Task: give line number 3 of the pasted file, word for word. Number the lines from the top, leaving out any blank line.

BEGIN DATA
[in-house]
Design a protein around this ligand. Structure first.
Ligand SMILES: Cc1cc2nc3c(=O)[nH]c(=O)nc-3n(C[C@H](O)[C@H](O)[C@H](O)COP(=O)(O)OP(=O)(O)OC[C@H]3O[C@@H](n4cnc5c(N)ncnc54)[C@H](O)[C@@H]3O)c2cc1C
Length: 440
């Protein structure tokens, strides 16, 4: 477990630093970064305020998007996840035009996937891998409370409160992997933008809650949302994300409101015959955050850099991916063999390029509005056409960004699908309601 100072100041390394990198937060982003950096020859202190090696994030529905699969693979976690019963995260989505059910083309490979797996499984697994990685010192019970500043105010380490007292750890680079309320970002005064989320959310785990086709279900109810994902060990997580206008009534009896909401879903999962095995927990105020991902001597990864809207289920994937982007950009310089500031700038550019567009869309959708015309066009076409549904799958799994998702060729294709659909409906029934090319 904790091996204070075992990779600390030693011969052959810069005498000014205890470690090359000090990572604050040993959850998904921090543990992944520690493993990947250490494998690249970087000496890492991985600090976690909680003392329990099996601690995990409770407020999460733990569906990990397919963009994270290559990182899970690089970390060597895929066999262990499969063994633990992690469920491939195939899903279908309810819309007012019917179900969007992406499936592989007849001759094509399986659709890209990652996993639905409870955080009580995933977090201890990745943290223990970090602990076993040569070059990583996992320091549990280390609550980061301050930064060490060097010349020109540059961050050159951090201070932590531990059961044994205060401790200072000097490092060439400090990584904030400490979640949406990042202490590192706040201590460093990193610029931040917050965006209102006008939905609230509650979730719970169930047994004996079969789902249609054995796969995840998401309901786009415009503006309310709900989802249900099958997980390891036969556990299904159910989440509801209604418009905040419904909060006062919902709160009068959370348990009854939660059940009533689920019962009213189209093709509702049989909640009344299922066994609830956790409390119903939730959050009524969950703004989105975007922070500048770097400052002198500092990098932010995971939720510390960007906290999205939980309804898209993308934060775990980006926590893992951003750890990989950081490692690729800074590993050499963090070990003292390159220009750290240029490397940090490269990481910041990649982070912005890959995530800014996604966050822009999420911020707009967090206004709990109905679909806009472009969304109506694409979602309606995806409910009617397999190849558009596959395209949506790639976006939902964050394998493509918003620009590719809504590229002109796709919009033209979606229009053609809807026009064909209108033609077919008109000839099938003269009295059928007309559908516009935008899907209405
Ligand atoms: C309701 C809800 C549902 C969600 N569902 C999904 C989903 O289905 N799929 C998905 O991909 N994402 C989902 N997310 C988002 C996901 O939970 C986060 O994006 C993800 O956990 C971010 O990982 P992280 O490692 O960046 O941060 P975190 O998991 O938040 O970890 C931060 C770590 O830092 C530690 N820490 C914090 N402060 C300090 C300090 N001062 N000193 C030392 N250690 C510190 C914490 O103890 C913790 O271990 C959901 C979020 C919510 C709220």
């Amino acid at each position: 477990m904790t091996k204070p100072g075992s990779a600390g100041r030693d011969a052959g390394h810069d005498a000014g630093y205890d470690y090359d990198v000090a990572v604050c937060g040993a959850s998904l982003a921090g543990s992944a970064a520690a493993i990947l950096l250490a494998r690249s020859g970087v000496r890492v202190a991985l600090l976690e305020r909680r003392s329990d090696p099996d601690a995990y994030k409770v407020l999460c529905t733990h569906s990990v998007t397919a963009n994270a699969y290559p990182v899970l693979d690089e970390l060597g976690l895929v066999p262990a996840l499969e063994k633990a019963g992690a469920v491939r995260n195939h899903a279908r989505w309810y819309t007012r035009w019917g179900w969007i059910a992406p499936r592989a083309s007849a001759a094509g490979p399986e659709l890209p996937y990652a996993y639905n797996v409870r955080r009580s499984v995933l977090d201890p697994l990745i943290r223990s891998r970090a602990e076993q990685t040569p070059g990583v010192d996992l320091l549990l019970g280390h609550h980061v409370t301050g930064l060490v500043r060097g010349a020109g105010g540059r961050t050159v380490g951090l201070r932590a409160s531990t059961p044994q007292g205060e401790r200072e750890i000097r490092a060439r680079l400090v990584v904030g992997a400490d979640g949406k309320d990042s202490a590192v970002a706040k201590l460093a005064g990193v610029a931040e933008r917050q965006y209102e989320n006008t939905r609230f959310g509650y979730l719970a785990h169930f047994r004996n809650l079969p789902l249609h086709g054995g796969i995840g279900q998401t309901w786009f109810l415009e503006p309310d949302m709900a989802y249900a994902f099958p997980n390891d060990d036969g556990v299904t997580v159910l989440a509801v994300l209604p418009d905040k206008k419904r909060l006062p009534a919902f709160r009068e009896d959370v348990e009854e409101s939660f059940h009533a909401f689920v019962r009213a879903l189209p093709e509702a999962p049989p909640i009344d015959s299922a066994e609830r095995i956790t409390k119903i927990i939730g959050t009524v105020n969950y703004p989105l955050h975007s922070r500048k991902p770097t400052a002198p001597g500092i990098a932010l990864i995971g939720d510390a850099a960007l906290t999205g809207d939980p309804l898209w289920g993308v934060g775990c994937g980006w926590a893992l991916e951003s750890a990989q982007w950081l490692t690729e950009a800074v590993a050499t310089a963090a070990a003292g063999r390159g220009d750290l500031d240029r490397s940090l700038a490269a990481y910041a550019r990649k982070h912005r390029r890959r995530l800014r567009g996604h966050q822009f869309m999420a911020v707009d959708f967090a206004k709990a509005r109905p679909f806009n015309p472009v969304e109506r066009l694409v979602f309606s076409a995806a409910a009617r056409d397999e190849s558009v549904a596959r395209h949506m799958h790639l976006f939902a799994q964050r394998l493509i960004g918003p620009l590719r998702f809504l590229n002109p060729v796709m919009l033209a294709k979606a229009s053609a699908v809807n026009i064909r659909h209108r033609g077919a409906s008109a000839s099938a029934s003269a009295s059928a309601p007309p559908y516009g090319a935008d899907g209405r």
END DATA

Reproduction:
Ligand SMILES: Cc1cc2nc3c(=O)[nH]c(=O)nc-3n(C[C@H](O)[C@H](O)[C@H](O)COP(=O)(O)OP(=O)(O)OC[C@H]3O[C@@H](n4cnc5c(N)ncnc54)[C@H](O)[C@@H]3O)c2cc1C